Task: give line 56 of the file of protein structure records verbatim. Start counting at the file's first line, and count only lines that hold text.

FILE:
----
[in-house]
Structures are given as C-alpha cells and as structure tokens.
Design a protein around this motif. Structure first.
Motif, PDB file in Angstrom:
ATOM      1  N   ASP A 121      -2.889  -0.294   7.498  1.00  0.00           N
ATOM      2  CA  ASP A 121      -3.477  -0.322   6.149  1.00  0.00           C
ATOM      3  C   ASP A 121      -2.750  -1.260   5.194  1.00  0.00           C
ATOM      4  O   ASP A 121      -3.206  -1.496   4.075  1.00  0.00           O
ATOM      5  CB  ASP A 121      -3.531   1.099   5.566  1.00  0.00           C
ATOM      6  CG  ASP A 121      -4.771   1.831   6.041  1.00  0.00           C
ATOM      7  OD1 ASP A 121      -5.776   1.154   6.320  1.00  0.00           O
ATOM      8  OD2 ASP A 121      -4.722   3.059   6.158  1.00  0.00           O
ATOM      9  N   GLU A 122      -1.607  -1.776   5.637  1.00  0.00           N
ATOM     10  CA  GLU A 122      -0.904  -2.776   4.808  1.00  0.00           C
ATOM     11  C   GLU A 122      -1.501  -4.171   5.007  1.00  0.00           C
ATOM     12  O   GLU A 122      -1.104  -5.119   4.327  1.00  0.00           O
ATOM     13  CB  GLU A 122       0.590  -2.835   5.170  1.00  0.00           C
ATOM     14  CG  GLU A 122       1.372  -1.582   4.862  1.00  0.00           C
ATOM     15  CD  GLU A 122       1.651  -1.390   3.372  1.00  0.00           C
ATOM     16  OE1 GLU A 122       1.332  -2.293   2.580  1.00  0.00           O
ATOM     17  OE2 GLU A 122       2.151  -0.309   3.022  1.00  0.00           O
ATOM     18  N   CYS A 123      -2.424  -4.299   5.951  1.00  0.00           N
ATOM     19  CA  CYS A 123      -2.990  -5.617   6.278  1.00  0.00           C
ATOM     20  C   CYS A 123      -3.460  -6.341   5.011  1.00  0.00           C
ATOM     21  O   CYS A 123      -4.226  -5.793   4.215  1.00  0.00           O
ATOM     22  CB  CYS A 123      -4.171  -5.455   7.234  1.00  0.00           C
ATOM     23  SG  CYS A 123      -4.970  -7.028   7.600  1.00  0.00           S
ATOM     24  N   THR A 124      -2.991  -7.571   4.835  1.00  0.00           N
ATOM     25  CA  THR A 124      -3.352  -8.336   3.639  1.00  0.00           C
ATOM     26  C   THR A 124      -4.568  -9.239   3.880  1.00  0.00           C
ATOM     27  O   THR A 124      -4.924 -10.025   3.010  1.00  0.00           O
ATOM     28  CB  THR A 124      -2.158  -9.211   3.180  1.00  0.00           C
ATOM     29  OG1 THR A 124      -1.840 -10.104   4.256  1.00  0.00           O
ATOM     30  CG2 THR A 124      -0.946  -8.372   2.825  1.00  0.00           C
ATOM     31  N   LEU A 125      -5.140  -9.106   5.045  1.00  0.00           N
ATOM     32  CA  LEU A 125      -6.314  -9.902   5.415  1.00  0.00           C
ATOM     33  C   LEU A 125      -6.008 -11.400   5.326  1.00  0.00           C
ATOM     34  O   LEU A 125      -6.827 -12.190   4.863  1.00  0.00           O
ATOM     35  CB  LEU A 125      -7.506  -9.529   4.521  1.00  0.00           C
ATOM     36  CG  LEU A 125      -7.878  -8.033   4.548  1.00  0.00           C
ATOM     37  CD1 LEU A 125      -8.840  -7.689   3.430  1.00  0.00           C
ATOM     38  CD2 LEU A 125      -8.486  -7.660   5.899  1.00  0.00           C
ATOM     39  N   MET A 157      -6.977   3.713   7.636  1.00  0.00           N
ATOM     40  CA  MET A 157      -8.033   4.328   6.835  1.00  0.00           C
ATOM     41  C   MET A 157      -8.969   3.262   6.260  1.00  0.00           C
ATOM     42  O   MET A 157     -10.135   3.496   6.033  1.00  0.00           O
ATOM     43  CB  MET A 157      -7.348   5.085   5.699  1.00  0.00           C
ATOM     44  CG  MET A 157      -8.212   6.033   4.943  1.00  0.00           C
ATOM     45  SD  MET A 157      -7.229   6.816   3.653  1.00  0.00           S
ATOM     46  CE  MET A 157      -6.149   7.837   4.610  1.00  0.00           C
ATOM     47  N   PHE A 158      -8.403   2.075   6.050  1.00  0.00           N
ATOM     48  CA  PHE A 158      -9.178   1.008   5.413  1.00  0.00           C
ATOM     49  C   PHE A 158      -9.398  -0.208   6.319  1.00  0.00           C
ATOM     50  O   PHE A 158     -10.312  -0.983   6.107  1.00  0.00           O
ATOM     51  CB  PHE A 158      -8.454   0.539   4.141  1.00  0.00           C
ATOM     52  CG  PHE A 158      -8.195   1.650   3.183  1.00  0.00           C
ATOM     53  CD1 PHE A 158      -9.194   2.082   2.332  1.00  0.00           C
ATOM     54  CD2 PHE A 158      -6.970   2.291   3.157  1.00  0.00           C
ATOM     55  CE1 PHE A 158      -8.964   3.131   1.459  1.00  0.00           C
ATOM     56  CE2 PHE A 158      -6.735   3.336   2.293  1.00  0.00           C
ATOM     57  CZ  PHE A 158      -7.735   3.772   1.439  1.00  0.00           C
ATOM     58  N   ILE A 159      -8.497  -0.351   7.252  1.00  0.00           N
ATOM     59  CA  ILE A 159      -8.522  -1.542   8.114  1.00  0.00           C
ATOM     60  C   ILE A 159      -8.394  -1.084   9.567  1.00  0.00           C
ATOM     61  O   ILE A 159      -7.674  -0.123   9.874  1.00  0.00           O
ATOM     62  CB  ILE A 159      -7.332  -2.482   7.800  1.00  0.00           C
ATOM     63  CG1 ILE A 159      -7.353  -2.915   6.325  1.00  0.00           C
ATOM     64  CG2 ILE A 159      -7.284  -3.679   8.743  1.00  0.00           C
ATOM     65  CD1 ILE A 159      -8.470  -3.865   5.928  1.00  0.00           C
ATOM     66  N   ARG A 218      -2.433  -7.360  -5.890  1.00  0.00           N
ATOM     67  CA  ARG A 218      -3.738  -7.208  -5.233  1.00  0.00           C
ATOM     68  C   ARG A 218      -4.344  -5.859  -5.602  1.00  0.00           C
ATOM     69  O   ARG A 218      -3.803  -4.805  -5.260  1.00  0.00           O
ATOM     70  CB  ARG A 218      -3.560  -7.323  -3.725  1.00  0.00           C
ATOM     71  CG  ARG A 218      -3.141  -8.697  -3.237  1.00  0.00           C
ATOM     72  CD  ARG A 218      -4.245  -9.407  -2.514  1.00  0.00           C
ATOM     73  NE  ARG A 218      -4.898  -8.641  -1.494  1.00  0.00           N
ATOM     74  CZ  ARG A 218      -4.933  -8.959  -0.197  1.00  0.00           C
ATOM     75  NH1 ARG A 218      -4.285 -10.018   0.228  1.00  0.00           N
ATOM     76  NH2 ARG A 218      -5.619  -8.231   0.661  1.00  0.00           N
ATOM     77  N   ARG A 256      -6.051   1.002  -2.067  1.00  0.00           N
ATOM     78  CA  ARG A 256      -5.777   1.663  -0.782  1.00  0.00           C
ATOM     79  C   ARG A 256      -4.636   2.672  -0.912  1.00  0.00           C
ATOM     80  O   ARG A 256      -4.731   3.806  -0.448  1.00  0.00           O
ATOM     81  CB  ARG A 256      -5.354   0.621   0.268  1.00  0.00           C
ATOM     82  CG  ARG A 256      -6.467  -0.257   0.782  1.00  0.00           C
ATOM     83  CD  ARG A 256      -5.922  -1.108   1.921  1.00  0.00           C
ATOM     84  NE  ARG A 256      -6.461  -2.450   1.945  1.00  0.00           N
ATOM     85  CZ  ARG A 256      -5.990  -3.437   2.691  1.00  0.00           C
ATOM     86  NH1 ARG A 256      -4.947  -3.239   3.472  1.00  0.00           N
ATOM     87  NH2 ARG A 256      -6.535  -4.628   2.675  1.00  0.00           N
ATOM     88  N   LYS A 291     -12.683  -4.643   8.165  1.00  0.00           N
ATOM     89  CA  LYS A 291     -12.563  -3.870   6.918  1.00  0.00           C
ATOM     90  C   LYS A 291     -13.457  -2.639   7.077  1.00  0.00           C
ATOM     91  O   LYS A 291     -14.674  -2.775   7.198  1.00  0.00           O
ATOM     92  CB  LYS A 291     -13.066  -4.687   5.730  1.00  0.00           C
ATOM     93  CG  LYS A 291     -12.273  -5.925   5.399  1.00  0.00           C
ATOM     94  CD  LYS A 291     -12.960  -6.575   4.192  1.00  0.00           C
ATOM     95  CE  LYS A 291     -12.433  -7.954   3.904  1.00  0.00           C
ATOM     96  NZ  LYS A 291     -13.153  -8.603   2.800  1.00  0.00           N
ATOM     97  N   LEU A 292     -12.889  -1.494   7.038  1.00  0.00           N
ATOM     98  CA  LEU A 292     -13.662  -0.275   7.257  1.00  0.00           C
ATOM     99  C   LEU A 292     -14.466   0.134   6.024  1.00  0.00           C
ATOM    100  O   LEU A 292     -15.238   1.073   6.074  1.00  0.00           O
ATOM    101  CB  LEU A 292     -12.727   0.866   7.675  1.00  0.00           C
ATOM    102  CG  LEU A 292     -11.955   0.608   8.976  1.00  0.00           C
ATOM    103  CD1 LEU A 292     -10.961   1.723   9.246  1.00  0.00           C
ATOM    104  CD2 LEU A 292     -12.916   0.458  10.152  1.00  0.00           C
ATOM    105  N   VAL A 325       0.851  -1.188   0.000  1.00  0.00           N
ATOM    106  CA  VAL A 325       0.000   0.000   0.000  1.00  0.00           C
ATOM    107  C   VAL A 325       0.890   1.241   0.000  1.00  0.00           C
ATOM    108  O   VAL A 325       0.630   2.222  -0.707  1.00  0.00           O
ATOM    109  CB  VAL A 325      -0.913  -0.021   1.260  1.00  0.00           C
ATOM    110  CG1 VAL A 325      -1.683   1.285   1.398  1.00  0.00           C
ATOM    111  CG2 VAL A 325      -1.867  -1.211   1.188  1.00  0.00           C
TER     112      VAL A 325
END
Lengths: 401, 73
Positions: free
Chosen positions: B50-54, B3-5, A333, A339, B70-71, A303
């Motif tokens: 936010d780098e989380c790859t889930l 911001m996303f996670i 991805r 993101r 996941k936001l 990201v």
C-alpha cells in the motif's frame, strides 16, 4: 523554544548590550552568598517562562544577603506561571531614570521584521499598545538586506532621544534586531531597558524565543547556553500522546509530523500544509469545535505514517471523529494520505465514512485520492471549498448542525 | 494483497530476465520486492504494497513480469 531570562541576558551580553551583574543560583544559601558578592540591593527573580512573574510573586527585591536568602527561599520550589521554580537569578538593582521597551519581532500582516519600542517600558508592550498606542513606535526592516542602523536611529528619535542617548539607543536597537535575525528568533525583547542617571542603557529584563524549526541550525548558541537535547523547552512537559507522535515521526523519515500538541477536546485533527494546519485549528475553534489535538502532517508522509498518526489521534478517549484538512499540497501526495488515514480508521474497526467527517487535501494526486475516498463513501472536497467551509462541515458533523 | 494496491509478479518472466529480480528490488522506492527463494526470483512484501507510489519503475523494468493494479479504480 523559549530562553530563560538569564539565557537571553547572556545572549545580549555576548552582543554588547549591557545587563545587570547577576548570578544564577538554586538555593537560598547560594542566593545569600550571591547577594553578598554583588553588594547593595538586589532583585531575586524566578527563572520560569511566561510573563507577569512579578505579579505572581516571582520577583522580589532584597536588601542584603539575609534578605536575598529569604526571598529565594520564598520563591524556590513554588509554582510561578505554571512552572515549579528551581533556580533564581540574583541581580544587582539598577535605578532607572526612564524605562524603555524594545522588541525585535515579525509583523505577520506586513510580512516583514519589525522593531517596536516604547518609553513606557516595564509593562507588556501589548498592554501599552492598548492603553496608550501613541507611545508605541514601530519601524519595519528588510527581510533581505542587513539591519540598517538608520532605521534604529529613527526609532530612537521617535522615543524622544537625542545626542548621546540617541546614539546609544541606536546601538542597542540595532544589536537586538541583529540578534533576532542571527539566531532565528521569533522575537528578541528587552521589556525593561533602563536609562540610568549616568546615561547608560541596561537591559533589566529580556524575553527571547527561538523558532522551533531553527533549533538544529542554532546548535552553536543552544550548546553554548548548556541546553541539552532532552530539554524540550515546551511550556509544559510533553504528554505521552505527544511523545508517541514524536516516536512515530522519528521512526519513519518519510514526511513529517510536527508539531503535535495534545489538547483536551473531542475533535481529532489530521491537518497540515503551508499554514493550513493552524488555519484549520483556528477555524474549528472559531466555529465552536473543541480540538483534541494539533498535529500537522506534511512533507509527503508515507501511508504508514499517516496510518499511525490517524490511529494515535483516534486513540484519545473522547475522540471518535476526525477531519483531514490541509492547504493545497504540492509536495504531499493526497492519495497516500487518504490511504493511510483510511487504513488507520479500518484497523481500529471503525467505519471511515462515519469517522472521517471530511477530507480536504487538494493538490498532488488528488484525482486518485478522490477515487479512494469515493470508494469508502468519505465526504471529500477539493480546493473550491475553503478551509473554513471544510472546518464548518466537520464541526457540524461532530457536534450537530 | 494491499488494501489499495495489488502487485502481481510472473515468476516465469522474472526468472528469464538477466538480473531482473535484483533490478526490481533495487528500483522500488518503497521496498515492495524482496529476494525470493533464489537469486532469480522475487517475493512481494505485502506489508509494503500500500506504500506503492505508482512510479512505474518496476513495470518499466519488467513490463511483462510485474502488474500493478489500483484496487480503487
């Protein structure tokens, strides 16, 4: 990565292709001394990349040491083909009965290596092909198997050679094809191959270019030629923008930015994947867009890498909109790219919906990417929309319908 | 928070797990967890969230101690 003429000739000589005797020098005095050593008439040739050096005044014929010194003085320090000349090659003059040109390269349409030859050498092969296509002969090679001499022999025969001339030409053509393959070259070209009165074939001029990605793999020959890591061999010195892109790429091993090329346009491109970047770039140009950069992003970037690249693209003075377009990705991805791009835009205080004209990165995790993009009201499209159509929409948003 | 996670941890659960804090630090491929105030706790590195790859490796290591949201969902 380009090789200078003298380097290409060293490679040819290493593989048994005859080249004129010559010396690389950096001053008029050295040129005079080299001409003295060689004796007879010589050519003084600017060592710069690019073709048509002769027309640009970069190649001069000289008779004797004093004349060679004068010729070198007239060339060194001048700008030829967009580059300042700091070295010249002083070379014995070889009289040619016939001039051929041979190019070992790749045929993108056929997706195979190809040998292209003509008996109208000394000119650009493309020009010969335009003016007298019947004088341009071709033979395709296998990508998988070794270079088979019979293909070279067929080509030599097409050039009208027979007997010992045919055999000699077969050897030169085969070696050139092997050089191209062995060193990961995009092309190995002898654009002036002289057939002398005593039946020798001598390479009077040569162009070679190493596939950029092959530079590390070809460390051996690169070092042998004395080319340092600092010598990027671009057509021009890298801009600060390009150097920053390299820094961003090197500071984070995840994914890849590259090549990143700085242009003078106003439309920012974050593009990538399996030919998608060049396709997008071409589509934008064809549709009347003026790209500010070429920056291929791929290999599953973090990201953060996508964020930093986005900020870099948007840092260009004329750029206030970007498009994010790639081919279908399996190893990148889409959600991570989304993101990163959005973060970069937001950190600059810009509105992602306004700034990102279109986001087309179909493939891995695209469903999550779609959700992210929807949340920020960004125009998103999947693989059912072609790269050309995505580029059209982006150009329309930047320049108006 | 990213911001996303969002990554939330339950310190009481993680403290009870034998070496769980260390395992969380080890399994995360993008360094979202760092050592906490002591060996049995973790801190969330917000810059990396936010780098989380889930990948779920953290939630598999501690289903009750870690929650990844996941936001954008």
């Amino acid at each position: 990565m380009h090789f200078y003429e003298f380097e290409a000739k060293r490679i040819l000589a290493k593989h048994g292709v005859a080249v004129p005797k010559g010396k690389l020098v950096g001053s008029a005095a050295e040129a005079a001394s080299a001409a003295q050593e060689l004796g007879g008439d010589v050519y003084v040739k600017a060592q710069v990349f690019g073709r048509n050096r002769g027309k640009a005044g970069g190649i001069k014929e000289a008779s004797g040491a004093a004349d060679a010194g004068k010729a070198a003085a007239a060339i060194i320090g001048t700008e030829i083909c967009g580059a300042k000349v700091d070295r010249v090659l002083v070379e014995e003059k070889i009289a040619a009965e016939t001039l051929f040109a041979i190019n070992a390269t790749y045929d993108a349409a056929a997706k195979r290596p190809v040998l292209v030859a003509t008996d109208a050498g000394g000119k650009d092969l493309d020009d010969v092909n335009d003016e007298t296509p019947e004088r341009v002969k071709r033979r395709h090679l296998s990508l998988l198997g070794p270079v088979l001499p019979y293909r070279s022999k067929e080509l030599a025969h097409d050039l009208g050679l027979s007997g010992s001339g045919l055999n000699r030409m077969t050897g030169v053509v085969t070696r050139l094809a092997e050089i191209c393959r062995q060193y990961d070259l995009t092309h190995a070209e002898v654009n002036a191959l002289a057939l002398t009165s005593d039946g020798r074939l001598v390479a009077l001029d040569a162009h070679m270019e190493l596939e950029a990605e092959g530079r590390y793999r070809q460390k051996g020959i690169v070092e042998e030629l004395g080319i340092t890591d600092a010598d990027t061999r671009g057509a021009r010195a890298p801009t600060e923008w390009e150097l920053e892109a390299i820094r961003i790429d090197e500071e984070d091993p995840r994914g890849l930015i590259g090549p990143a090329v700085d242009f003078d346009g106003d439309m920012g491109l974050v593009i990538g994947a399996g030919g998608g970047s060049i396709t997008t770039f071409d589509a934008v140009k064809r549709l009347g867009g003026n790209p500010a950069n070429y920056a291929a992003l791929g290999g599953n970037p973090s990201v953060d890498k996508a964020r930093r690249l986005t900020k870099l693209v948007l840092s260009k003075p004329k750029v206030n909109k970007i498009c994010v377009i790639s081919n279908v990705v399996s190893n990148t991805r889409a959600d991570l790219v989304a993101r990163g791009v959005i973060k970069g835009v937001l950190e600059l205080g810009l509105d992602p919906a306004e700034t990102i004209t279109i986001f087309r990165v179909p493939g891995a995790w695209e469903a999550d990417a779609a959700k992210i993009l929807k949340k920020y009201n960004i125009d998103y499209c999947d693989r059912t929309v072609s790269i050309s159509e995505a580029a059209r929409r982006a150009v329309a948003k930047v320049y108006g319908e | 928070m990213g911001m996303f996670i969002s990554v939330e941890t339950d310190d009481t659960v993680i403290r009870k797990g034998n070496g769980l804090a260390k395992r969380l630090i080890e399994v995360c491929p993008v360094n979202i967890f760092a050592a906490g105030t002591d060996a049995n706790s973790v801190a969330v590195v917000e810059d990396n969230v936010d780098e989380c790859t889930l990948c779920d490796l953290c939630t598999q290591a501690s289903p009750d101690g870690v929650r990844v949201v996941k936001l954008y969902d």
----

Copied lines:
ATOM     52  CG  PHE A 158      -8.195   1.650   3.183  1.00  0.00           C